This en­hanced un­der­stand­ing of fees was most ev­i­dent among in­vestors with smaller port­fo­lios and “less con­fi­dent” in­vestors in gen­eral, the re­search found. Yet, this in­crease in knowl­edge did not close the pre­ex­ist­ing gap be­tween so-called “more con­fi­dent” and “less con­fi­dent” in­vestors. The more con­fi­dent i nvestors knew more about fees be­fore the CRM2-man­dated cost dis­clo­sure — and con­tin­ued to know more af­ter the new re­ports were pro­vided.

These con­fi­dent in­vestors also were more likely to fol­low through with some sort of ac­tion with their ad­vi­sors af­ter re­ceiv­ing their CRM2-man­dated re­ports. Al­though the less con­fi­dent in­vestors re­ceived a big­ger boost in un­der­stand­ing about fees, most didn’t do any­thing with the in­for­ma­tion..

For ex­am­ple, among “more con­fi­dent” in­vestors who pro­fessed be­ing “very likely” to take ac­tion af­ter re­ceiv­ing their CRM2-man­dated re­ports, their fol­low-through was much greater. The sur­vey found that 60% of these in­vestors talked with their ad­vi­sors about per­for­mance, 46% talked with their ad­vi­sors about fees and more than a third ei­ther changed their prod­uct mix or fee ar­range­ments, or switched firms or ad­vi­sors.

No­tably, the in­vestors with the largest ac­counts proved most mo­ti­vated to make changes af­ter re­ceiv­ing their CRM2-man­dated re­ports. In fact, al­though 15% of in­vestors with port­fo­lios of at least $500,000 re­ported mak­ing changes to their fee ar­range­ments in the year prior to re­ceiv­ing their CRM2 re­ports, that pro­por­tion rose to 26% by June of this year. In ad­di­tion, al­though just 8% of these in­vestors re­ported switch­ing firms or ad­vi­sors as of Novem­ber 2016, that per­cent­age surged to 20% by June 2017.

Still, these in­vestors weren’t nec­es­sar­ily act­ing from a po­si­tion of greater knowl­edge about the fees they were pay­ing. In fact, the sur­vey found that, for 47% of in­vestors with port­fo­lios of at least $500,000, their knowl­edge of their spe­cific fees ac­tu­ally wors­ened be­tween Novem­ber 2016 and June 2017. Dur­ing that pe­riod, knowl­edge of fees stayed the same for 30% of in­vestors with at least $500,000 in in­vestible as­sets and im­proved for just 23% of in­vestors in the same as­set range.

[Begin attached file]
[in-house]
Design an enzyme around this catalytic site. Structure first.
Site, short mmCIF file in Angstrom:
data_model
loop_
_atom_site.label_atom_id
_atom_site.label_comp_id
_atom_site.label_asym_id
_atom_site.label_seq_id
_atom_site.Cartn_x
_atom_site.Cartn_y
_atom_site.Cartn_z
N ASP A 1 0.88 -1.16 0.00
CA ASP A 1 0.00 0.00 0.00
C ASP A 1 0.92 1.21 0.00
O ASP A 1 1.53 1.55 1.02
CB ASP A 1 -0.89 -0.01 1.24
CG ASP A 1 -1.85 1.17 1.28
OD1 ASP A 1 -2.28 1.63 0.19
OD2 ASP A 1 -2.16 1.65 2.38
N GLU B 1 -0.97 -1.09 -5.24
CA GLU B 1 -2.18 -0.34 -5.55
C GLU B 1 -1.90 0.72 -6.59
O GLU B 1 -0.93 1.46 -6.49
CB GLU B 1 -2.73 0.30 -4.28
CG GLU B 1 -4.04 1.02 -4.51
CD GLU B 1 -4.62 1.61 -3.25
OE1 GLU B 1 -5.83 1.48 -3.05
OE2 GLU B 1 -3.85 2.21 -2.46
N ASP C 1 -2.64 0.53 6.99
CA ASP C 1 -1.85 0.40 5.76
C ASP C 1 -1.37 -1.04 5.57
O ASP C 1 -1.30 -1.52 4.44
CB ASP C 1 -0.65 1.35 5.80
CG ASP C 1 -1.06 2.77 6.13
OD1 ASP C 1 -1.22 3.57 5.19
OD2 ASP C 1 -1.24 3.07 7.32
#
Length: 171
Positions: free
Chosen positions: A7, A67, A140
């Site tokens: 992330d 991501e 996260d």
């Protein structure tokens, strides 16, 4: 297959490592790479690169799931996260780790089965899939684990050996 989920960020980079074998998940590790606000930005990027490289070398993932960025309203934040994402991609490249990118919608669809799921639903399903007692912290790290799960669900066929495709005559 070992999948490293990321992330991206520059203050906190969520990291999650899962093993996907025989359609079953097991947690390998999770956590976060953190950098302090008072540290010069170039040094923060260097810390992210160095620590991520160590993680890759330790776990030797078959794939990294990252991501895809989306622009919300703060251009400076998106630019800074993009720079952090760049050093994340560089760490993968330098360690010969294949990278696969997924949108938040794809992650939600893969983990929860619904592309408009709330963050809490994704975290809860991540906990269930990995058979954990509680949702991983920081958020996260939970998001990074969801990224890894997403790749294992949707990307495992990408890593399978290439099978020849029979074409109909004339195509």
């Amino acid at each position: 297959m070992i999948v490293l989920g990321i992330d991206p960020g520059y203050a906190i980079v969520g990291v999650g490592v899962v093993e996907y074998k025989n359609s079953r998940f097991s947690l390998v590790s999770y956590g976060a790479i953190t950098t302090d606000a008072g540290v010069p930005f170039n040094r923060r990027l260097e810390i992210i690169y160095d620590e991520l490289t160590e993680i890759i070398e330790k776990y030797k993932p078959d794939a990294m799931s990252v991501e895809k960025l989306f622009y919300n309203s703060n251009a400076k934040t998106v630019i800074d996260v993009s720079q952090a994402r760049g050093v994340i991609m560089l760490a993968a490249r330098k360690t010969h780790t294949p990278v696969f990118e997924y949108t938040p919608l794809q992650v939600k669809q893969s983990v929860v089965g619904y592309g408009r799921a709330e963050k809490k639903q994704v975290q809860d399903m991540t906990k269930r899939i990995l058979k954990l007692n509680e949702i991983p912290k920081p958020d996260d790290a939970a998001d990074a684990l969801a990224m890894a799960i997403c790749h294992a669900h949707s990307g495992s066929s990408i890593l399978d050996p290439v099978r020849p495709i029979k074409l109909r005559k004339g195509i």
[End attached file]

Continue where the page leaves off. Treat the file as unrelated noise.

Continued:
In­deed, knowl­edge of fees de­clined for al­most a third of in­vestors over­all be­tween Novem­ber 2016 and June 2017, de­spite them re­ceiv­ing the CRM2-man­dated re­ports.

This ap­par­ent dis­con­nec­tion be­tween in­vestor knowl­edge and ac­tion also was ev­i­dent among in­vestors who viewed an ed­u­ca­tional video in ad­di­tion to re­ceiv­ing their CRM2-man­dated re­ports. The sur­vey found that in­vestors who viewed the video in­tended to act, but their ac­tual fol­low-through rate was lower than that of in­vestors who didn’t view the video.

In fact, the study found that only 24% of in­vestors who said they were “very likely” to talk to their ad­vi­sor about fees af­ter view­ing the video fol­lowed through on that in­ten­tion. By com­par­i­son, 49% of those who said the same thing with­out see­ing the video talked to their ad­vi­sor about fees af­ter re­ceiv­ing their CRM2-man­dated re­port.

So, it ap­pears that al­though an added prompt to ac­tion from reg­u­la­tors, such as an ed­u­ca­tional video, may boost in­vestors ini­tial in­ten­tion to act, that in­tent evap­o­rates quickly.

The Cana­dian Se­cu­ri­ties Ad­min­is­tra­tors plans to con­duct a big­ger study of the ef­fects of CRM2-man­dated re­port­ing, al­though the re­sults of that aren’t ex­pected un­til 2021.

In the mean­time, the re­search in B.C. high­lights how sim­ply boost­ing dis­clo­sure may be a rel­a­tively weak rem­edy for fun­da­men­tal in­vestor pro­tec­tion prob­lems be­cause in­vestors of­ten don’t ab­sorb or act upon more com­pre­hen­sive dis­clo­sure.

New re­search re­veals in­vestors of­ten don’t ab­sorb or act upon bet­ter dis­clo­sure